Monday, March 5, 2007

They Are Not Fit To Write Our Laws

The fielding of Aquilino "Koko" Pimentel III and Alan Peter Cayetano as senatorial candidates only means that the "Genuine Opposition" does not mind creating simultaneous dynasties in our exceptionally small Senate, in violation of the Constitution and the rules of decency and fairness. This is sad.

"Koko" is the son of Senate Minority Leader Aquilino "Nene" Pimentel Jr., and routinely mistaken by many for his father; and Alan is the brother of Senator Pia Cayetano, from whom we have not heard much. Both Nene and Pia will be in the Senate until 2010. Should the duo win, the Pimentels will have a larger presence in the Senate than the whole of Muslim Mindanao, and the Cayetanos will claim a privilege denied to all those who had ever sat there, not to mention the 18 million families that make up the 90- million Filipino population.

To our standing objection, the candidates have replied, "there is no law against it." This non-biodegradable nonsense has since been made the stuff of their sloganeering. Some candidates have repeated it, without realizing that in so doing, they were putting themselves in the same position as the dynasty candidates.

The Cayetano-Pimentel position is immoral, unconstitutional, and in extremely bad taste. It cannot be made the starting point of a respectable senatorial career. Good taste alone should have deterred them, but it is not just a question of good taste. It is a question of law ---moral law and constitutional law.

Article II, Section 26 of the Constitution provides: "The State shall guarantee equal access to opportunities for public service, and prohibit political dynasties as may be defined by law." For those who have no desire to play games with the law, there is more than enough law in this provision. But for those who want to put their personal interests above everything else, there will never be enough law, even if an enabling law existed.

It is retrograde and perverse for anyone who wants to sit in the Senate to argue that since there is no enabling law, what the Constitution says should be ignored. A trial lawyer might be forgiven such statement, but not someone who wants to write the nation's laws.

The absence of a law does not justify behavior that would be surely prohibited, if the law existed. Laws are enacted so that, even without law, the people will conduct themselves in such a manner as though there was a law that prescribed it. St. Paul's letter to the Romans (2:14-15) says: "When Gentiles who have not the law do by nature what the law requires, they are a law to themselves, even though they do not have the law. They show that what the law requires is written on their hearts, while their conscience also bears witness…"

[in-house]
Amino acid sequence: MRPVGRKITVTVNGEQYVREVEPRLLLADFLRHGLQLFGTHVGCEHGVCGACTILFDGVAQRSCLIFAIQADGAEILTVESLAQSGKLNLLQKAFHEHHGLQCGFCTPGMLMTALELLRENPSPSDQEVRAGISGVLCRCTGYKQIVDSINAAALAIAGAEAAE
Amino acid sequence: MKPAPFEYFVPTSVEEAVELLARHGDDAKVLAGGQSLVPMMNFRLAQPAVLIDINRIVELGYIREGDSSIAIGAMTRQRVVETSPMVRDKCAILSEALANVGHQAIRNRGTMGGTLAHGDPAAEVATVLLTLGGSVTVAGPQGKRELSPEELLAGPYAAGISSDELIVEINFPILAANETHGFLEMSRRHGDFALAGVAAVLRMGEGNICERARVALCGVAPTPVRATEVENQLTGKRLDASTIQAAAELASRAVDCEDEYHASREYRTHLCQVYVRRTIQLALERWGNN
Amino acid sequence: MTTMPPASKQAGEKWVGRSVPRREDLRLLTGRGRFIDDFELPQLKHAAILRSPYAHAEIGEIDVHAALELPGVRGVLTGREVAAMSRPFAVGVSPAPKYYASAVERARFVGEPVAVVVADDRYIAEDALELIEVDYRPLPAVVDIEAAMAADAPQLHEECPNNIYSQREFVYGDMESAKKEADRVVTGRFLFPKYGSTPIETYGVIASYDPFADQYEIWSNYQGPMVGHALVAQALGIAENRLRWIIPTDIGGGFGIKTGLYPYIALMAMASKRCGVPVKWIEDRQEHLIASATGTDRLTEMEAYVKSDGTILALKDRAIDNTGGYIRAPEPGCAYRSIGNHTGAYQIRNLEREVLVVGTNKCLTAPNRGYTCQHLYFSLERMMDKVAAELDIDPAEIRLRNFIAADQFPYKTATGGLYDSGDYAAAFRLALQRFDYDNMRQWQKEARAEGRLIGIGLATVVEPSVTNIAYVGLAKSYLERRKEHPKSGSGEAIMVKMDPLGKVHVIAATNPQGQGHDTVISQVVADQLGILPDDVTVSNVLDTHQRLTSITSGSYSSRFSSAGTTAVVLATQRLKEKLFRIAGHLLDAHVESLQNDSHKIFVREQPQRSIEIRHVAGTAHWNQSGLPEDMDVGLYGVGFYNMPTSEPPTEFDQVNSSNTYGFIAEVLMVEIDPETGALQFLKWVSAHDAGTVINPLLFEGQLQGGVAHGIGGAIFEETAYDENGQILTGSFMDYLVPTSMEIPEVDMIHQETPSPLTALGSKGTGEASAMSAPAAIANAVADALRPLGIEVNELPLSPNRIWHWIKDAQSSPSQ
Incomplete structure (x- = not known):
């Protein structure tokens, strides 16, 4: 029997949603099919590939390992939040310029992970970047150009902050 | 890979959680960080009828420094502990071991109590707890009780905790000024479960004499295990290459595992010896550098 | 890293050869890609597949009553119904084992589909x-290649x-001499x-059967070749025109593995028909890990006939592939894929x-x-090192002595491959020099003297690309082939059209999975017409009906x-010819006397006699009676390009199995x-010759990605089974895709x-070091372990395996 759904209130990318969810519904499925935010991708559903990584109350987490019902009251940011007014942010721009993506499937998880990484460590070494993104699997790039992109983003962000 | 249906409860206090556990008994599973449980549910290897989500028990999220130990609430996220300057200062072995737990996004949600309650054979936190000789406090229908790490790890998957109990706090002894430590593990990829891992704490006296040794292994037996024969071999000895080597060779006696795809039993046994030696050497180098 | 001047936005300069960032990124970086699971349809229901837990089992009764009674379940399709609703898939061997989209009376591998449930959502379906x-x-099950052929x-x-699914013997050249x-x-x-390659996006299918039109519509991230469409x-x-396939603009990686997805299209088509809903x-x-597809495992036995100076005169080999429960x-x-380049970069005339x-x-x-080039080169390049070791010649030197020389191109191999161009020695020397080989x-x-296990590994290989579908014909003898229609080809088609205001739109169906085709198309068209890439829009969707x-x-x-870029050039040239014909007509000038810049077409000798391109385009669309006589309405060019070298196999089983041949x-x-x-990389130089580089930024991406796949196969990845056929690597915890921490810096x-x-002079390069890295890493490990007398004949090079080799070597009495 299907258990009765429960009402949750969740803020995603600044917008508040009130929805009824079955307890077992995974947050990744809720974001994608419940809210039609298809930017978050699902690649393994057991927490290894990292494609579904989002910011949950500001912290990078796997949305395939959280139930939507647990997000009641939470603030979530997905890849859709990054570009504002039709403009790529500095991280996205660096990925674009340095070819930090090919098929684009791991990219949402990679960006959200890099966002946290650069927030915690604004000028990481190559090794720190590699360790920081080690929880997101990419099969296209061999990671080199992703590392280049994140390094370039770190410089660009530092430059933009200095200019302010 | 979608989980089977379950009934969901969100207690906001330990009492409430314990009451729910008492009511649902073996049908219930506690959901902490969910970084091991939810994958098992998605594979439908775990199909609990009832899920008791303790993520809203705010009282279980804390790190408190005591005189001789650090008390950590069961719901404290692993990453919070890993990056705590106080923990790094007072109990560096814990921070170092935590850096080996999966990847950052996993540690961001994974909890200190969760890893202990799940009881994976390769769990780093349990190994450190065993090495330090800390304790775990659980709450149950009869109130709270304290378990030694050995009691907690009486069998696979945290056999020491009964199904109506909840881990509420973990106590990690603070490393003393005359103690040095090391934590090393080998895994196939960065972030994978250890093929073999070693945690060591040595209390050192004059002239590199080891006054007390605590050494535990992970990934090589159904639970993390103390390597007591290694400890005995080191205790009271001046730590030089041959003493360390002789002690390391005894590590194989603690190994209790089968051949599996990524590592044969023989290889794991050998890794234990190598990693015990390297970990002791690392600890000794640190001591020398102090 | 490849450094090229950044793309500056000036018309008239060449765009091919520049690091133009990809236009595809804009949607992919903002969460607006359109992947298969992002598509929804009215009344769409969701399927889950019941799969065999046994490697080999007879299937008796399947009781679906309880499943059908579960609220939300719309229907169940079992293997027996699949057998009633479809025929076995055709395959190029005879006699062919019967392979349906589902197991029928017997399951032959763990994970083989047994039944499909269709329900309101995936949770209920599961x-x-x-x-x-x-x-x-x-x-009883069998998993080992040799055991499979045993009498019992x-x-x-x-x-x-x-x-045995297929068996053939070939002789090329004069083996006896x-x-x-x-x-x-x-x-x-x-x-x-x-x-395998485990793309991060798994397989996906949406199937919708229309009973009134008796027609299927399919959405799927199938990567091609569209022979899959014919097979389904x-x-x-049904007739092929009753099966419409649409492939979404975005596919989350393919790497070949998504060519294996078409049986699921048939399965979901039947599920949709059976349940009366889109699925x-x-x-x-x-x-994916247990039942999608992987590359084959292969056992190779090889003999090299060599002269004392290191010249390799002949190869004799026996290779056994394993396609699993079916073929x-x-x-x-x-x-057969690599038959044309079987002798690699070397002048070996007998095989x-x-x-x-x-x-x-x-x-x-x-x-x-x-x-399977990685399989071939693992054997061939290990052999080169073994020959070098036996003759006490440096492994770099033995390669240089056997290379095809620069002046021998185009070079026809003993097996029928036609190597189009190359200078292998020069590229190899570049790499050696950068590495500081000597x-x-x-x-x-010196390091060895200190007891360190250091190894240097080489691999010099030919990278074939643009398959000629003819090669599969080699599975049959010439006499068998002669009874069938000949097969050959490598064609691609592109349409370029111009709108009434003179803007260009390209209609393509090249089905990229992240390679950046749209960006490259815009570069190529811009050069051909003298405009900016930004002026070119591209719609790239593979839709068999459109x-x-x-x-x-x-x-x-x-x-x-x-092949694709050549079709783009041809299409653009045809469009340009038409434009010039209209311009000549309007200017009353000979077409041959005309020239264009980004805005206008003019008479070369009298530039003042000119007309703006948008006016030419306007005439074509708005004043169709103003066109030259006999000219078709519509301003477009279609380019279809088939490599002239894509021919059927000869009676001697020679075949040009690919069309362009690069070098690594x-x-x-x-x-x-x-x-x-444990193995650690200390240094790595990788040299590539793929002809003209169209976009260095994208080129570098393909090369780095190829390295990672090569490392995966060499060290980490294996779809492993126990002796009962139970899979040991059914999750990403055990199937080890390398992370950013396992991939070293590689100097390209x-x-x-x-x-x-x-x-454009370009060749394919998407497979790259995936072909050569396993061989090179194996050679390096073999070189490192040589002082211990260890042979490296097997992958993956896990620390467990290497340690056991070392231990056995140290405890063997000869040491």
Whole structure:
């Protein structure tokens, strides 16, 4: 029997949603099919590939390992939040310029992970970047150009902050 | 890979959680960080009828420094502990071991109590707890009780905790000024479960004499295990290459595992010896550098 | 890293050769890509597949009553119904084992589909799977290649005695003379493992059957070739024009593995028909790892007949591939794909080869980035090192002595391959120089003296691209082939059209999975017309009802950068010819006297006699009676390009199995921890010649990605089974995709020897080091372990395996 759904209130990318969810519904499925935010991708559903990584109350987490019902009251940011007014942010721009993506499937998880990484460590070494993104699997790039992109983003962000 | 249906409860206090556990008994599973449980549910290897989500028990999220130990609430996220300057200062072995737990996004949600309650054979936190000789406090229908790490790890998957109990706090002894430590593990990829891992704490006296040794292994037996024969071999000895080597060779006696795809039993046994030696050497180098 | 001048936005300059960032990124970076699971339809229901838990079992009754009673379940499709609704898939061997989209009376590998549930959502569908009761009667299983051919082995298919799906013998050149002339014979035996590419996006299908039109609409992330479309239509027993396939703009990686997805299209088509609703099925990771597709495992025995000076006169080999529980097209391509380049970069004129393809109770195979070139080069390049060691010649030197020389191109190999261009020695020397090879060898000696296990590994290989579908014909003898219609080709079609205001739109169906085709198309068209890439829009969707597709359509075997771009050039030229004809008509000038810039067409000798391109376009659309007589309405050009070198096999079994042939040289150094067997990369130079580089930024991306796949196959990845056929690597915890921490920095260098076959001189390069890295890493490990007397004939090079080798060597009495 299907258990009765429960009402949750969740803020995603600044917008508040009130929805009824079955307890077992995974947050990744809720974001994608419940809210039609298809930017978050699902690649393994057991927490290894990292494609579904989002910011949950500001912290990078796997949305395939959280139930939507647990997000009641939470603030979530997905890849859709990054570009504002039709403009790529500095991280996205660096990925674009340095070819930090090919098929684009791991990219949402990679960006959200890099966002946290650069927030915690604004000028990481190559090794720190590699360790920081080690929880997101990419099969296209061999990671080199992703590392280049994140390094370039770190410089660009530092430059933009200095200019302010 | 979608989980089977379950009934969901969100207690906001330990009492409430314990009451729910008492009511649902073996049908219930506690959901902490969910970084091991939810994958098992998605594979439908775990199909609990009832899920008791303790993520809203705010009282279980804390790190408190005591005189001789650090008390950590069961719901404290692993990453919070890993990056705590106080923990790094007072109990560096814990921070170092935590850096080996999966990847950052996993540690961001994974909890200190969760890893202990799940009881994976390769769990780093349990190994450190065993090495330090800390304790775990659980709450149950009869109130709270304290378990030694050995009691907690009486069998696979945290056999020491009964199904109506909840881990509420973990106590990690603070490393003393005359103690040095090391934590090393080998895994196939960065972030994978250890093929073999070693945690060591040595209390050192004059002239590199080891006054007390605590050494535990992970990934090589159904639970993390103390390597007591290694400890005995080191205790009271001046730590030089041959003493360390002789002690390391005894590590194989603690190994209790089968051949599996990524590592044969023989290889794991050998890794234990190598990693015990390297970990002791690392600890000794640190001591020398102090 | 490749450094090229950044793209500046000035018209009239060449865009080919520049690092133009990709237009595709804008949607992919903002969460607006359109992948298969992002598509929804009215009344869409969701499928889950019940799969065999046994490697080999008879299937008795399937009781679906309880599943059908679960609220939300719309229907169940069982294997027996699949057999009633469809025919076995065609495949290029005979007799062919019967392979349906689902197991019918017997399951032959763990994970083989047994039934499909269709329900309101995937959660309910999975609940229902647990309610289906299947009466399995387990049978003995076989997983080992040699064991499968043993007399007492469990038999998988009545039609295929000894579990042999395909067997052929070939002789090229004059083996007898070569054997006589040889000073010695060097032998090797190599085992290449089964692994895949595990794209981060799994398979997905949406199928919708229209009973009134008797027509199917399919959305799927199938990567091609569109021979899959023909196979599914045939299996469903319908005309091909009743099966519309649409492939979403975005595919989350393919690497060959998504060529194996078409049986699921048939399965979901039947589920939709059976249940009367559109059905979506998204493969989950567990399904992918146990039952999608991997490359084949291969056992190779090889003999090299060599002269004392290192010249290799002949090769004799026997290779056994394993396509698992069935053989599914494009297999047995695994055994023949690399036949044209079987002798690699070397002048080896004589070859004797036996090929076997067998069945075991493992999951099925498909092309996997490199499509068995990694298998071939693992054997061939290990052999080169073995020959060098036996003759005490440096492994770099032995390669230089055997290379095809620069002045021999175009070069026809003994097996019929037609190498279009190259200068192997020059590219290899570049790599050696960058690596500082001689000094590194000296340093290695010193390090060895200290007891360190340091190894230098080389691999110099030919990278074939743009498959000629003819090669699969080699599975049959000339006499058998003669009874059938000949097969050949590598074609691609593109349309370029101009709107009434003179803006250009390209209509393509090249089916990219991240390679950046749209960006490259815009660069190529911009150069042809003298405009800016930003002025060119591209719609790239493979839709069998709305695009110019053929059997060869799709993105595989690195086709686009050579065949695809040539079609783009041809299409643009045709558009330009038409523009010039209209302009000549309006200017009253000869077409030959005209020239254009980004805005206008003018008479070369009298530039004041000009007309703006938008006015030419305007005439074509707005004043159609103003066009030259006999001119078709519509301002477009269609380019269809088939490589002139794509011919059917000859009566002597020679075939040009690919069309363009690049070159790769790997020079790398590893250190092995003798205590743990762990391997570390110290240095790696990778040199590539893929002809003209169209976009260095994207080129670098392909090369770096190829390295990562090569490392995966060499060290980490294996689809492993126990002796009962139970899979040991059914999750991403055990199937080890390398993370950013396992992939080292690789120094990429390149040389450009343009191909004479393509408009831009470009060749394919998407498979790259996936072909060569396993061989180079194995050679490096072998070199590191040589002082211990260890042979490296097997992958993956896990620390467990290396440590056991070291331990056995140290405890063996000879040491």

Far from diminishing the constitutional mandate, therefore, the failure of Congress to enact the enabling law only sharpens the obligation of those who sit or want to sit in Congress to respect that mandate, rather than exploit the absence of an enabling law for their own personal advantage.

Adjective law defines what is justiciable, but the idea of what is right and what is wrong always precedes any enactment.. The good of society can only be secured by men and women who will act not only according to what is written in statute but above all according to what is written upon their hearts. Otherwise, our politics will remain no better than a pigsty, often unfit even for pigs.

These candidates take us for morons when they suggest ---for this is what they do ---- that they want to become senators so they could write the law that would in future prohibit people like themselves from becoming senators.

So much has been said about the candidates' supposed intelligence. If true, that can never be concealed. But moral character defines a man much more than any display of intelligence. A man of intelligence will know the difference between right and wrong, but it takes a man of character to say No to something apparently desirable but morally wrong. An intelligent man without character has nothing to say to anybody, least of all to the nation.
One who aspires to sit in the Senate must first be a man of character, whatever his level of intelligence. He should be able to argue against his self-interest and his appetite for power, pleasure or personal aggrandizement. He must be able to control his concupiscence, especially if he is truly intelligent.

Because GO failed to do its duty, the dynasty candidates now say, "let the people decide." Of course. If the process is clean, the people will decide. But one who really wants to serve the people must only propose to them that which is morally desirable. He must not propose anything immoral in the hope that the people are ignorant enough or angry enough not to know or to care about the difference. Demagogues and charlatans do that, but not men of real worth and substance.

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